3. Fruit Solar LLC estimates that it will take another $1 million to obtain permits, finish the design work and get the project ready to build. Fruit Solar LLC
4. Fruit Solar LLC can apply to a Solar Financing Company for a development loan. Typically, the financing for 2 years will be on a recourse basis against the assets of Universal Solar at an interest rate of 9.5% or more. On this project, the loan amount would be for $8 million. At 9.5% that means roughly $1.5 million in interest payments over the 2 year term.
5. Armed with the solar development loan and the interconnection agreement, Fruit Solar can go to Apple and negotiate a Purchase Power Agreement at $.10 kilowatt per hour or in that range for a 25 year term, with the usual clauses providing for cost of living indexing for inflation over time.
Once the PPA is in place, which with a sophisticated customer like Apple, will be a tough negotiation, Fruit Solar LLC, with guarantees from Univesal Solar, LLC, its parent company, can obtain a Mini-Perm type Construction loan from a commercial bank. Before the commercial bank will commit on the Mini-Perm Construction type loan, it must be satisfied that the developer is creditworthy, experienced, has proven “bankable” technology and components, has addressed all the underlying real estate issues, and has a substantial customer, namely Apple who has signed the PPA. The bank loan will be used by Solar Fruit LLC to finance the actual EPC (engineering, procurement and construction) phase of the project, usually at an interest rate again of 9% or more. The loan can have a fixed term, paying principal and interest; or a balloon payment with a floating interest-only payment during the life of the project. The loan amount in our example could be as much as $17 million, with a 2-3 year term.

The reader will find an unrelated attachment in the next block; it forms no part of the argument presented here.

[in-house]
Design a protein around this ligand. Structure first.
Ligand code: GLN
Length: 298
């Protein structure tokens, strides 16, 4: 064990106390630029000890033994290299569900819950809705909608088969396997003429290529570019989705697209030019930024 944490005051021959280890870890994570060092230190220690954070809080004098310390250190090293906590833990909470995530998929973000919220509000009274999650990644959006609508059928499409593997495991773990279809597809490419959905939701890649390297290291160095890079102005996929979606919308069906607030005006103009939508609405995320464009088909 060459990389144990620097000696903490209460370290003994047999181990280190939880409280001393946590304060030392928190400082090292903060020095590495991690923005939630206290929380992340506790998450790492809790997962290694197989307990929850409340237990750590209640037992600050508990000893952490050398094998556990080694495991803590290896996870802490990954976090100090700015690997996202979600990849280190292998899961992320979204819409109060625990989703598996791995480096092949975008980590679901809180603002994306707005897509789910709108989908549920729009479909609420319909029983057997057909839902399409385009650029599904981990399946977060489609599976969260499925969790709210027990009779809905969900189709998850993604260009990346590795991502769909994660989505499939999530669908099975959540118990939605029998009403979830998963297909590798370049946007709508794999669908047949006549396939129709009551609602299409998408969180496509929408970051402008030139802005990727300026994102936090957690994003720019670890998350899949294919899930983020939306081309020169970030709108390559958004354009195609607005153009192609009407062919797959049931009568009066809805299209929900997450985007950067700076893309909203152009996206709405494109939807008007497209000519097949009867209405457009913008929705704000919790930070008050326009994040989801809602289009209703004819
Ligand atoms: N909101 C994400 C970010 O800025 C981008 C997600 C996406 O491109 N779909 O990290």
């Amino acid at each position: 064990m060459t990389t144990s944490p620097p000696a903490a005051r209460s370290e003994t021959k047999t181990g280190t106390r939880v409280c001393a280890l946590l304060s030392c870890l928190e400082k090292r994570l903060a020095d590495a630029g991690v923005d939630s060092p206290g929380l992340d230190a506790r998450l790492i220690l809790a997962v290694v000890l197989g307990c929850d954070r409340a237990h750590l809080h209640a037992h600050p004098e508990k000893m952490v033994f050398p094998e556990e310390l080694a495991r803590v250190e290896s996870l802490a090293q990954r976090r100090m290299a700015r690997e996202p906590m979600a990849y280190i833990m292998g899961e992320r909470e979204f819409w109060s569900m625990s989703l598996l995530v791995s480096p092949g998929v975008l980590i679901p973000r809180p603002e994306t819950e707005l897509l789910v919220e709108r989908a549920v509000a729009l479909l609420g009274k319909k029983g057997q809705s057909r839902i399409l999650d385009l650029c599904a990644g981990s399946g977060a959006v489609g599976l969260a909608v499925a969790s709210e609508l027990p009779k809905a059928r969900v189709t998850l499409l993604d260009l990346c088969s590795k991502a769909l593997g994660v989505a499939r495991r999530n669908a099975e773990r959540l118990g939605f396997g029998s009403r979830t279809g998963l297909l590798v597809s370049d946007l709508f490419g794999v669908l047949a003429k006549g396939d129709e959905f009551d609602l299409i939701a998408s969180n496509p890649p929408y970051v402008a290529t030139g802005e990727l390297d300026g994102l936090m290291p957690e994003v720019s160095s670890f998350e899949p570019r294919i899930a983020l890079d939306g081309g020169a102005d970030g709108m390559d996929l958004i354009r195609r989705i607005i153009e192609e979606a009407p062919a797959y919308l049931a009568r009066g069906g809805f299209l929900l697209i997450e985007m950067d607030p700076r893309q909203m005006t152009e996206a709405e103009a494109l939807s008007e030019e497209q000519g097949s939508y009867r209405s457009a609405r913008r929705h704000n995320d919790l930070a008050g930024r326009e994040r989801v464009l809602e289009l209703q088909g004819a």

6. Most developers will contract-out the EPC work. A few may do their own EPC. Commercial bank financing in the form of a construction or mini-perm loan could be obtained, again at high interest rates of anywhere from 8% to 12%.
7. When the project is ready to go on line, having reached the end stage of Mechanical Completion, it can be sold to a third-party like a Cubico. Typically, that agreement will be negotiated during the EPC phase. Cubico can purchase Fruit Solar LLC along with its fully assignable Interconnect Agreement and PPA; or just purchase the key assets. A company like Cubico will want full ownership and cannot sell the project for five (5) years so that it can take advantage of the federal ITC (26%).
8. Let’s assume in our example that Cubico buys Solar Fruit LLC for $35 million and takes ownership of the solar farm. It will sell the power at the price in the PPA (10 cents per kilowatt hour). Its actual cash cost will be $25.9 million after application of the ITC of 26%. Cubico can expect a long-term return of 7% of more on the solar electricity sold to Apple
The Investment Opportunity in this type of Solar Deal.
The opportunity for a foreign investor at the project stage is to become a partner with the Developer in the Solar Fruit LLC project. For Universal Solar, a 50% investment from a French investor of $4 million to $12.5 million could eliminate or reduce financing costs from the solar finance company and commercial bank. It would share the risk but also the rewards of the ultimate sale to Cubico for the investor, a $12.5 million purchase of a 50% share in Solar Fruit LLC would yield $17.5 million upon the sale to Cubico, a return of 100% Assignment of the lease of the farmland on which the 25MW of PV panels are installed could also be part of the deal.
Another alternative would be to finance the project at lower interest rates than can be obtained by Solar Fruit LLC in the United States and take a smaller equity stake in the project and smaller participation in the profits upon sale to Cubico. There a number of project debt and project equity options that could be explored for the investor and negotiated with Solar Fruit LLC, the project developer.
This example is but one of many. There are a number of variations. The one constant, as reported by the Wall Street Journal, is that long-term
Purchase Power Agreements (PPA) with utilities and corporate buyers continue to attract investors looking for lower risk and stable returns.
For more information, please contact us at TRANSATLANTIC Partners LLC.